On any other night, the sight of a man dressed in nothing but leather chest straps, a matching thong, and loin cloth sauntering under the chandelier-lit lobby of the Hotel Whitcomb might have caused a stir. But among the many other men and women clad in leather coats, corsets and collars who gathered to attend the 2012 Mr. San Francisco Leather competition, the ensemble was fitting.
About 250 fans and leather lifestyle participants came to celebrate community achievements and select the next Mr. San Francisco Leather, who would represent the city in the upcoming International Mr Leather 2012 in Chicago this May. The contest, hosted by the non-profit SF Leather Alliance, was part of a larger weekend extravaganza, which featured educational seminars, an awards dinner, and celebratory brunch.
Former Mr. San Francisco Leather 2010 title holder Lance Holman explained contestants would have to be representatives for the city and a beacon for the global leather fetish community.
“Other places look to Mr. San Francisco for the way they help educate the youth and people to be comfortable with themselves,” Holman said. “The judges are looking for someone that represents the community and the leather fetish, community and lifestyle.”
Kate McKinely, one of the organization directors of the contest, mirrored Holman’s sentiment that the event was just as much about education as it was about leather itself.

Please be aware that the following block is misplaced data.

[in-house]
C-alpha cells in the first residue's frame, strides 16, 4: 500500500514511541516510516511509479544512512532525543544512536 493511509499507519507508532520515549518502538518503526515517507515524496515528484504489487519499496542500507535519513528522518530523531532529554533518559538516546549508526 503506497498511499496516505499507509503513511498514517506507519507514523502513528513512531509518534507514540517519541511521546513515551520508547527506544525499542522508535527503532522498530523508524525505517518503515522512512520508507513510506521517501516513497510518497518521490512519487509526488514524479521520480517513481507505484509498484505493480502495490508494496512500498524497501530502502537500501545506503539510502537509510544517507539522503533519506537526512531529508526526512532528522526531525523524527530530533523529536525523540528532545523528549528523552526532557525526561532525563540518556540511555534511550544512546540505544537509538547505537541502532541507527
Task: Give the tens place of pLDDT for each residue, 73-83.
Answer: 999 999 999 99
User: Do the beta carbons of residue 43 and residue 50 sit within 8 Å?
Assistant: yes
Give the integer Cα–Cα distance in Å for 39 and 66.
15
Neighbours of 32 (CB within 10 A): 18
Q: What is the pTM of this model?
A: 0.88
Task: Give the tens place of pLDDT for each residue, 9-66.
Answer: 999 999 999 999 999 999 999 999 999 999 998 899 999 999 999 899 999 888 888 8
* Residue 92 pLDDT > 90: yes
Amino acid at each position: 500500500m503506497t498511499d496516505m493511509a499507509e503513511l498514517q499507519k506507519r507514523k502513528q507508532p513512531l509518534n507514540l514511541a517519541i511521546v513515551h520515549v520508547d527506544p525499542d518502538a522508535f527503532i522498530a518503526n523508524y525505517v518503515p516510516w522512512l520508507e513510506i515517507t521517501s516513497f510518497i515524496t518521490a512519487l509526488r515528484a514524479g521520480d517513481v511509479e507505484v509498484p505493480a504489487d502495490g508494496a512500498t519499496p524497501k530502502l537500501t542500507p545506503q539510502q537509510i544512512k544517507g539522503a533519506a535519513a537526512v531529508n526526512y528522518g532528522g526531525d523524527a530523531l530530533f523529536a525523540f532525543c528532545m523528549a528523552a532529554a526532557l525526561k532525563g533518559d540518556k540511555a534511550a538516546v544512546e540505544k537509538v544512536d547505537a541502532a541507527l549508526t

“The Leather Alliance really focuses on education and outreach,” said McKinley. In fact, the SF Leather Alliance was born out of a 40-year-old $1,500 grant called the Bent Bike Fund, pooled together by the community to provide assistance for covering injuries and illnesses in the gay and motorcycle community.
One of the biggest misconceptions about leather life is a misplaced fear, said McKinley, who is also a part of San Francisco Girls of Leather. “We can seem kind of different at first, but on the inside most of us are just big teddy bears.”
Five contestants were judged on a pop question answer, a scripted fantasy performance, formal and jock strap leather wear, as well as a 90-second speech about their proposed involvement in the community as the future Mr. SF Leather. By the end of the night, Jessie Vanciel was selected to be come Mr. SF Leather 2012 after spending weeks running through potential pop questions, honing his 90-second speech, and practicing his scripted fantasy of a chance-sexual encounter between a forceful farmer and a lost country boy.
“Talking in public like that is amazingly difficult for me,” confessed Vanciel, who had struggled most with the speech on community outreach. Vanciel, who had previous experience volunteering and participating extensively in educational outreach, hoped to provide a welcoming space for “newbies” curious about leather life.
“We [have to] be more visible in the regular world so that people can find us and know how proud we are to be leather men,” Vanciel said.
Although he didn’t take home a title, contestant Stephen Charles, was with complete peace about the outcome.
These contests always choose the best candidate. Certainly, I would have done many things differently, but that’s all gone now,” said Charles, who had nothing but love for the leather community.
“It’s home,” Charles said. “It’s a community of people who will welcome and support me as long as I give to them everything that they give to me.”